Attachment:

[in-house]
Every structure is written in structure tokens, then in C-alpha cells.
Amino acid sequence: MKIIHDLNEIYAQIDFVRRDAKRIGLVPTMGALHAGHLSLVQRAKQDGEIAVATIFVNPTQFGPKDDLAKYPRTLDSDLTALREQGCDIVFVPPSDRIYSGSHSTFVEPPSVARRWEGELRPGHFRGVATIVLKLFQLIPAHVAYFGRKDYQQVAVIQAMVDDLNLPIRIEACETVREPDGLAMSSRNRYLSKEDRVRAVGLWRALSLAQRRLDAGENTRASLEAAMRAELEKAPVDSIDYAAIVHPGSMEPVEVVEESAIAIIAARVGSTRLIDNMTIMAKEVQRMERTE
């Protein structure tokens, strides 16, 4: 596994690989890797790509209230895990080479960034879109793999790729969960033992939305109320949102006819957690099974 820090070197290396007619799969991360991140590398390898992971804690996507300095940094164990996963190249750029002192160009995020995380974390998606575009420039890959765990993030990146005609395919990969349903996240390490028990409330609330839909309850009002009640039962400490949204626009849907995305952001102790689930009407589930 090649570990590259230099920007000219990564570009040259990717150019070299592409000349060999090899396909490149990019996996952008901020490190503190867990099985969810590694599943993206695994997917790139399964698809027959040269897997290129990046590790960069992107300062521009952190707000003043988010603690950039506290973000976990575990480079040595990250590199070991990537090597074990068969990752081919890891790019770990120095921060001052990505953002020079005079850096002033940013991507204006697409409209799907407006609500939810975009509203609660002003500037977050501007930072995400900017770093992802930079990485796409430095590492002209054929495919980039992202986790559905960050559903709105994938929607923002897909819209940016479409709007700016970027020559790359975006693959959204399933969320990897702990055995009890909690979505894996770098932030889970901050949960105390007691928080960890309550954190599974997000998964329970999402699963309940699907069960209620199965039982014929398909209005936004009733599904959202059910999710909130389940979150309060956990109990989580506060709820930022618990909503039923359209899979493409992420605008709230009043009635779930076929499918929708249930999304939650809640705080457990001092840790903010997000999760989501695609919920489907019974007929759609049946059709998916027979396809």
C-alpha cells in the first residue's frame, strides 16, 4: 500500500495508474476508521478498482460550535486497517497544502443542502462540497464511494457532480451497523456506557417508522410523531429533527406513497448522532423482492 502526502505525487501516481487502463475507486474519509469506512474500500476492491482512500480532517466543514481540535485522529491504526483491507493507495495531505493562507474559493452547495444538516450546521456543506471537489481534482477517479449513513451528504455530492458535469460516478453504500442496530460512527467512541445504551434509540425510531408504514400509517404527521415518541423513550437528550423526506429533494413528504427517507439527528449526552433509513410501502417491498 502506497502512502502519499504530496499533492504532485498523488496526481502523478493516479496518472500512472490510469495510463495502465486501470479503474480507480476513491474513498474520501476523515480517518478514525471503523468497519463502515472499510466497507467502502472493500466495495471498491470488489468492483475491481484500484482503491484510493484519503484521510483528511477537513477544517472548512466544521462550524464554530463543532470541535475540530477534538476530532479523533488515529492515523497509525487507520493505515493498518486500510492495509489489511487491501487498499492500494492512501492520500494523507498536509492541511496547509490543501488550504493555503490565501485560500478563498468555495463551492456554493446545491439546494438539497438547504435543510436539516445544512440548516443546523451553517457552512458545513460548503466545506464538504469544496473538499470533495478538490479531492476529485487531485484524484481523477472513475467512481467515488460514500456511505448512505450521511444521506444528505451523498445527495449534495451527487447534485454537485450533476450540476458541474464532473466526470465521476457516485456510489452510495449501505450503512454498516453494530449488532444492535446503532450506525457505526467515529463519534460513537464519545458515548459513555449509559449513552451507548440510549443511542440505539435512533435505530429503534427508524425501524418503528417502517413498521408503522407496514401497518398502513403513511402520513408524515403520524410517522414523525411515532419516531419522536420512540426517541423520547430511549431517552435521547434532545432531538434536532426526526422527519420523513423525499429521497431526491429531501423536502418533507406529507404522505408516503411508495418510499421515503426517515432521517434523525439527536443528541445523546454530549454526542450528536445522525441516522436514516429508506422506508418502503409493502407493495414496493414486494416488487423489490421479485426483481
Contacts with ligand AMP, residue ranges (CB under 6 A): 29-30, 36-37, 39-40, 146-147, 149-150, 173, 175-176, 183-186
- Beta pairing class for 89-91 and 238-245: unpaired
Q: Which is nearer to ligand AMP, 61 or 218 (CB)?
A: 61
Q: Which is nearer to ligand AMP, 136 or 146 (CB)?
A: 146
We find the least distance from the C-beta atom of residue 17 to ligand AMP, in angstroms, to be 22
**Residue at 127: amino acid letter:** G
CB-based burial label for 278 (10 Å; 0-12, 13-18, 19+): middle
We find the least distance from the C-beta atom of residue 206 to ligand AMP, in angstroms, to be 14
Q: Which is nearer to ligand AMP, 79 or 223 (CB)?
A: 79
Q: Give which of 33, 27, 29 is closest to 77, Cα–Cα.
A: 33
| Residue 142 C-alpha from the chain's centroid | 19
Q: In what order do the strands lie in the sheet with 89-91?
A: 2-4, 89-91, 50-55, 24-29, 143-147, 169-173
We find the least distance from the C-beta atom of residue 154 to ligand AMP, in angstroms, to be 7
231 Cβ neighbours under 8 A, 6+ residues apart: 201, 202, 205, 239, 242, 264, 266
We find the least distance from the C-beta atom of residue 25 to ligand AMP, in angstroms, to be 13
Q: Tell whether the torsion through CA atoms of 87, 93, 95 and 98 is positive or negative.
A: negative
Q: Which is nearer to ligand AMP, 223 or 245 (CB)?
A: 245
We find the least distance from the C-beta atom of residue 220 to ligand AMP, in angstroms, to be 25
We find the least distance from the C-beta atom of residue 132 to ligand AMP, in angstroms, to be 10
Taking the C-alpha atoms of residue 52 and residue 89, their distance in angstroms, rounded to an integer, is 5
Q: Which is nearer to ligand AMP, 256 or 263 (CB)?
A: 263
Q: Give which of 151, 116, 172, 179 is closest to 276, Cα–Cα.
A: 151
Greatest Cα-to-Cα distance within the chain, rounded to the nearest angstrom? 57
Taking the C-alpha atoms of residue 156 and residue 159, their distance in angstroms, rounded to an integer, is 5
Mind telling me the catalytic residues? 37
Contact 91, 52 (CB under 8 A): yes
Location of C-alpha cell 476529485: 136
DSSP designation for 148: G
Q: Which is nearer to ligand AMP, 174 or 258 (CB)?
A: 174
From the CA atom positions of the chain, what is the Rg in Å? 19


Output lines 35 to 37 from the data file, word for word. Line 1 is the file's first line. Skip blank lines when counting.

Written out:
Q: Give which of 151, 116, 172, 179 is closest to 276, Cα–Cα.
A: 151
Greatest Cα-to-Cα distance within the chain, rounded to the nearest angstrom? 57